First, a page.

State laws vary as to the level of acceptance for non-compete clauses and in their interpretation and application.  Non-compete clauses are disfavored for law firm practices due to clear ethical prohibitions in the legal profession; however, they have wider acceptance in the medical field (see Karlin v. Weinberg, 1978).  In Intermountain Eye & Laser Ctrs., P.L.L.C. v. Miller (2005), an Idaho case, the court explained, “Generally speaking, non-compete provisions are permissible means to protect employers from their former employees who would use proprietary or other confidential business information to compete against them.…And medical services firms, particularly those providing specialized care, generally have protectable interests in referral sources.…An employer also has “a protectable interest in the customer relationships its former employee established and/or nurtured while employed by the employer and is entitled to protect itself from the risk that a former employee might appropriate customers by taking unfair advantage of the contacts developed while working for the employer.”

It may be difficult to determine the status of non-compete provisions in a particular state without consultation with an attorney.  Even states that have a per se rule banning non-compete clauses in physician contracts (Chase, 2011, citing Alabama, California, Florida, Louisiana, Montana, and North Dakota) may have exceptions.  As a result, depending on the particular state, non-compete clauses may be permitted for:

  • Partial restraints of trade such as noncompetition in a limited geographic range or specific time frame (e.g., Alabama)
  • Noncompetition linked with the sale of a business or dissolution of a partnership (e.g., California)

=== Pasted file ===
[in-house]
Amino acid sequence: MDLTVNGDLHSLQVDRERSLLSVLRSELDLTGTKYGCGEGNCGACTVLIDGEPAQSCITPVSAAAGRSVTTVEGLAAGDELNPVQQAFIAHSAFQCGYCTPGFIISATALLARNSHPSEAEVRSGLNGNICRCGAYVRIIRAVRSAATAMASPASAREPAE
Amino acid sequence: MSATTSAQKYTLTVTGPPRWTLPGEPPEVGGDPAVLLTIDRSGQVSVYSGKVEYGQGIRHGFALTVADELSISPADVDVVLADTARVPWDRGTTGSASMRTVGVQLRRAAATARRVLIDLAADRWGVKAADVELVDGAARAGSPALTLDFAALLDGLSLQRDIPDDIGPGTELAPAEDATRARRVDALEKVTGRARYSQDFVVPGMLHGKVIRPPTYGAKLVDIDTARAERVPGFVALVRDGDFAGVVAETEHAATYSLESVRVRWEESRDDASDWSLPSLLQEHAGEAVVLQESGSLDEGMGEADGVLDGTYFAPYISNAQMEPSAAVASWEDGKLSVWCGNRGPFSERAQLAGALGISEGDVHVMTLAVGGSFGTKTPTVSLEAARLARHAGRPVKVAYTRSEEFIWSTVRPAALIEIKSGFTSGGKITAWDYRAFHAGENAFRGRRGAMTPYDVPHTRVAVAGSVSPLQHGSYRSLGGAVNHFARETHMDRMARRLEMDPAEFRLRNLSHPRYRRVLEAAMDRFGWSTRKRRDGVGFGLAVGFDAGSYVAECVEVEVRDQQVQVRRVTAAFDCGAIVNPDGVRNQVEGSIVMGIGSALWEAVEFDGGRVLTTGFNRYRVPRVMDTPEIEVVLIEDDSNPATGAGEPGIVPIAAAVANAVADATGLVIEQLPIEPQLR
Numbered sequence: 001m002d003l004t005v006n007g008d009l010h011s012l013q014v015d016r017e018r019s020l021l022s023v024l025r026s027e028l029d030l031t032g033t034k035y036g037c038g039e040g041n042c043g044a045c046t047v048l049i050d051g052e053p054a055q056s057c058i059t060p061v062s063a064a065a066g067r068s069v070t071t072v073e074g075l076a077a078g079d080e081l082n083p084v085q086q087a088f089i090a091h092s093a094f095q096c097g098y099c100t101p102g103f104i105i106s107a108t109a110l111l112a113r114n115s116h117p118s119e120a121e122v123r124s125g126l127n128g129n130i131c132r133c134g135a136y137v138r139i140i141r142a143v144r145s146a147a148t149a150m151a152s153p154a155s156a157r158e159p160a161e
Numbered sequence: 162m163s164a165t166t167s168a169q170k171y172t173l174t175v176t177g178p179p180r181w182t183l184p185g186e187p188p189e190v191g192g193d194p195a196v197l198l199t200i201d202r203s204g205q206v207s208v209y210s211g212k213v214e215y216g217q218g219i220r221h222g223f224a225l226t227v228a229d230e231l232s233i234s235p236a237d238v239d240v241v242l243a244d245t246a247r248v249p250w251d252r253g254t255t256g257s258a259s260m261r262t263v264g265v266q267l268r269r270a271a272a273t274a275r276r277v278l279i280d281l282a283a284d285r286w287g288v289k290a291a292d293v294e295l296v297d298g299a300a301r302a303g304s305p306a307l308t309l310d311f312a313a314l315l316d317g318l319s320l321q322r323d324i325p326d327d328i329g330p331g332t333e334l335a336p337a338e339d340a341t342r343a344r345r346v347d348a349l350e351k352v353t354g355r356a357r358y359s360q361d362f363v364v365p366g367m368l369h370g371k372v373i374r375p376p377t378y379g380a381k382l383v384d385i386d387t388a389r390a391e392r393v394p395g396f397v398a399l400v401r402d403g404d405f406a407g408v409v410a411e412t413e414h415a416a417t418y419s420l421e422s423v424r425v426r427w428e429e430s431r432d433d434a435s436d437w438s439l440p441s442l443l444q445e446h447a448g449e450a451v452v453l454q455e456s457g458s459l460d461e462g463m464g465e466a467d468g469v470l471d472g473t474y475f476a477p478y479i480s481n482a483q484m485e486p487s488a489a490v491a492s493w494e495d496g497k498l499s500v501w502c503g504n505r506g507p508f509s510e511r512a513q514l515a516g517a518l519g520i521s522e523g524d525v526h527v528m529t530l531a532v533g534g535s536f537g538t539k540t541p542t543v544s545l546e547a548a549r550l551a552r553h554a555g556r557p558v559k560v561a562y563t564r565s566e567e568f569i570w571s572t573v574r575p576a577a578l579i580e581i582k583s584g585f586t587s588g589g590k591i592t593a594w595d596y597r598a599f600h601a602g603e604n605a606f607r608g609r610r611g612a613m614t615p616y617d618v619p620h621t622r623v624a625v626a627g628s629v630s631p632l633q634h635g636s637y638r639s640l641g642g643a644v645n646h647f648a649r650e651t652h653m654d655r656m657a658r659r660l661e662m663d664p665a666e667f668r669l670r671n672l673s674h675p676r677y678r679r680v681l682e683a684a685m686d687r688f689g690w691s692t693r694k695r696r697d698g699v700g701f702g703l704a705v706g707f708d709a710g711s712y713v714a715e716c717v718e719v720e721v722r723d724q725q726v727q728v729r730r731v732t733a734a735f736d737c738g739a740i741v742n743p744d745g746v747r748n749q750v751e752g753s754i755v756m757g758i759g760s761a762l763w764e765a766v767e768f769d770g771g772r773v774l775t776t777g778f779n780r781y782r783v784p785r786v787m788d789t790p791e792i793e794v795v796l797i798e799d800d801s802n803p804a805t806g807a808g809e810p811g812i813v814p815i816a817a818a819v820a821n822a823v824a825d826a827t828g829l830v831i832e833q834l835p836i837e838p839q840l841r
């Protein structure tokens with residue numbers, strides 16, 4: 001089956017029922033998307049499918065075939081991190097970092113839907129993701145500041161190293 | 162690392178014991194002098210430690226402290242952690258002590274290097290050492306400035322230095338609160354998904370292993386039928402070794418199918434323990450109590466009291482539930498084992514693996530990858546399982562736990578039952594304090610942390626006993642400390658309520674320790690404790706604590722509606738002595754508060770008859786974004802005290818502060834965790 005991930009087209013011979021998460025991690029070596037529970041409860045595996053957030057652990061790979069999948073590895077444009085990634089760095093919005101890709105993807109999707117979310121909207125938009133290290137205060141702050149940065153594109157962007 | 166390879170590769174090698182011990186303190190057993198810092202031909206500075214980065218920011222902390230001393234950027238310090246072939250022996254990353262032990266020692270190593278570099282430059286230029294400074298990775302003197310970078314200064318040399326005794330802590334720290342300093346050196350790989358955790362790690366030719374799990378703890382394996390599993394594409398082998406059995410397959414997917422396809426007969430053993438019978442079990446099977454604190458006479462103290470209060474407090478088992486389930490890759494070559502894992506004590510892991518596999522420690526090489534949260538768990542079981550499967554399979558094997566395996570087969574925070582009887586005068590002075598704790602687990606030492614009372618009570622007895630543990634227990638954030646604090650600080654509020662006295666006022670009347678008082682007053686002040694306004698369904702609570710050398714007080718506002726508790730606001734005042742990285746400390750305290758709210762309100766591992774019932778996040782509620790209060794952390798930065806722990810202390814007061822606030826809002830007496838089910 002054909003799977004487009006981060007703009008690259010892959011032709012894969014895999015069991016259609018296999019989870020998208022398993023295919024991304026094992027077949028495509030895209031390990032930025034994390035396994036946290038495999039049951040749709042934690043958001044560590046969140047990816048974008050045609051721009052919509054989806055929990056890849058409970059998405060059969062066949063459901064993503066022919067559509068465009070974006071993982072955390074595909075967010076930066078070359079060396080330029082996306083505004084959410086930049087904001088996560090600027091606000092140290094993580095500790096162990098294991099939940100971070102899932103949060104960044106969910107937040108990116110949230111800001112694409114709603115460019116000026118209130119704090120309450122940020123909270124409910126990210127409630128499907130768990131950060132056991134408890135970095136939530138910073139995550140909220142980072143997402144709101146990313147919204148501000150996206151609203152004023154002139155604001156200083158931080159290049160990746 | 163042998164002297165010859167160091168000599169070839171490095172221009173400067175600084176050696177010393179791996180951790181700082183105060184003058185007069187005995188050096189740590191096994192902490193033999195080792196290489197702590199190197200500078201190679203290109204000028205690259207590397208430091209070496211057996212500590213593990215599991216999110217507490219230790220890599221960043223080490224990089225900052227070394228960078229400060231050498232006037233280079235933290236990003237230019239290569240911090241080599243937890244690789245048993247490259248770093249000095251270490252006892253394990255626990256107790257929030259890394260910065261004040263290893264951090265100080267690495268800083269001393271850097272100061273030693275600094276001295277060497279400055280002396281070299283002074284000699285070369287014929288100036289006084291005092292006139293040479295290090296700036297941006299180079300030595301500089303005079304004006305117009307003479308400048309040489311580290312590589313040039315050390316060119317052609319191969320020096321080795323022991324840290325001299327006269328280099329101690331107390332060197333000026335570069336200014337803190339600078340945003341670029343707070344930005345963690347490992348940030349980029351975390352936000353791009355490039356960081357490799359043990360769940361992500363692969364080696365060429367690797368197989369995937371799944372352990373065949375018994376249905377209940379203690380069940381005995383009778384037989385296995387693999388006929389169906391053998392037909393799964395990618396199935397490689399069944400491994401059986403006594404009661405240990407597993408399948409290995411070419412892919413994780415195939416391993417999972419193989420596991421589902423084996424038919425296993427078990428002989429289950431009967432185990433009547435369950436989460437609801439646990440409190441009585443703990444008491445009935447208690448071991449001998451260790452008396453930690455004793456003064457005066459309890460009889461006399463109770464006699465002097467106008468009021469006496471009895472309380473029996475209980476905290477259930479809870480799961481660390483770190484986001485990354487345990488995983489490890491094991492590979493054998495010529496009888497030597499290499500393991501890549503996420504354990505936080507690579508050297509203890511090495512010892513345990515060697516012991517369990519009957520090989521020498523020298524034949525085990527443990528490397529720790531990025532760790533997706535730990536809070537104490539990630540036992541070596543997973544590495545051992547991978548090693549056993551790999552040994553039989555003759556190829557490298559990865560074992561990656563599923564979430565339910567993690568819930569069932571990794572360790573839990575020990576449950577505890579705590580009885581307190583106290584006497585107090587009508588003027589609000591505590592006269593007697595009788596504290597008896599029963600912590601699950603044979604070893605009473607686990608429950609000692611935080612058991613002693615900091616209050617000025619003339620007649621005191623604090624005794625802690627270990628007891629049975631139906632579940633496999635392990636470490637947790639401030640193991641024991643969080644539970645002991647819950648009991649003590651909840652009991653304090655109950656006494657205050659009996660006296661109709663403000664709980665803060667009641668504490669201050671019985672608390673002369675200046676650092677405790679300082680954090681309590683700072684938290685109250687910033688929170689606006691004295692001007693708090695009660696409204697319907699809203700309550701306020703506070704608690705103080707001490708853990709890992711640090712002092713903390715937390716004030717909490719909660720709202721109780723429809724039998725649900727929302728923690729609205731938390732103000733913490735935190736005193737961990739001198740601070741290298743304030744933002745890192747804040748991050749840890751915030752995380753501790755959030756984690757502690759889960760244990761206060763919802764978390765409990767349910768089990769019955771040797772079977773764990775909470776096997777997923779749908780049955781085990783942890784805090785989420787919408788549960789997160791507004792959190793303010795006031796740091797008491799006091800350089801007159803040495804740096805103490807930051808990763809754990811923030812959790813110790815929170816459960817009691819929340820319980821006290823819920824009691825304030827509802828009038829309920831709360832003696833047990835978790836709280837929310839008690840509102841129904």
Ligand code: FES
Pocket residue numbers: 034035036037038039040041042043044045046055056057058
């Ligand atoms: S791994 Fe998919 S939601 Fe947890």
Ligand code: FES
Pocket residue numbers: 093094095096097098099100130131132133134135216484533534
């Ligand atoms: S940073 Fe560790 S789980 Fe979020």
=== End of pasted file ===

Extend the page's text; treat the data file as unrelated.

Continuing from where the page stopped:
In addition, even where non-compete clauses are void, some valid restrictions or contractual monetary penalties may still have a negative impact on the ability to practice unimpeded in a new setting, such as:

  • Monetary agreements to pay a sum to the former employer in exchange for engaging in a competing business within a specified period after termination of employment (e.g. Colorado, Delaware)
  • Restrictions on solicitation of clients of the former employer or restrictions on the use of client lists (e.g., Florida).

Enforcement of Non-Compete Clauses

Massachusetts legislated a ban on non-compete provisions that specifically applies to the practice of social work:

§ 135C. Non-Compete Clauses Unenforceable.

A contract or agreement creating or establishing the terms of a partnership, employment, or any other form of professional relationship with a social worker licensed under this chapter that includes a restriction of the right of the social worker to practice in any geographic area for any period of time after termination of the partnership, employment or professional relationship shall be void and unenforceable with respect to that restriction. This section shall not render void or unenforceable the remainder of the contract or agreement” (Ann. Laws Mass., 2008).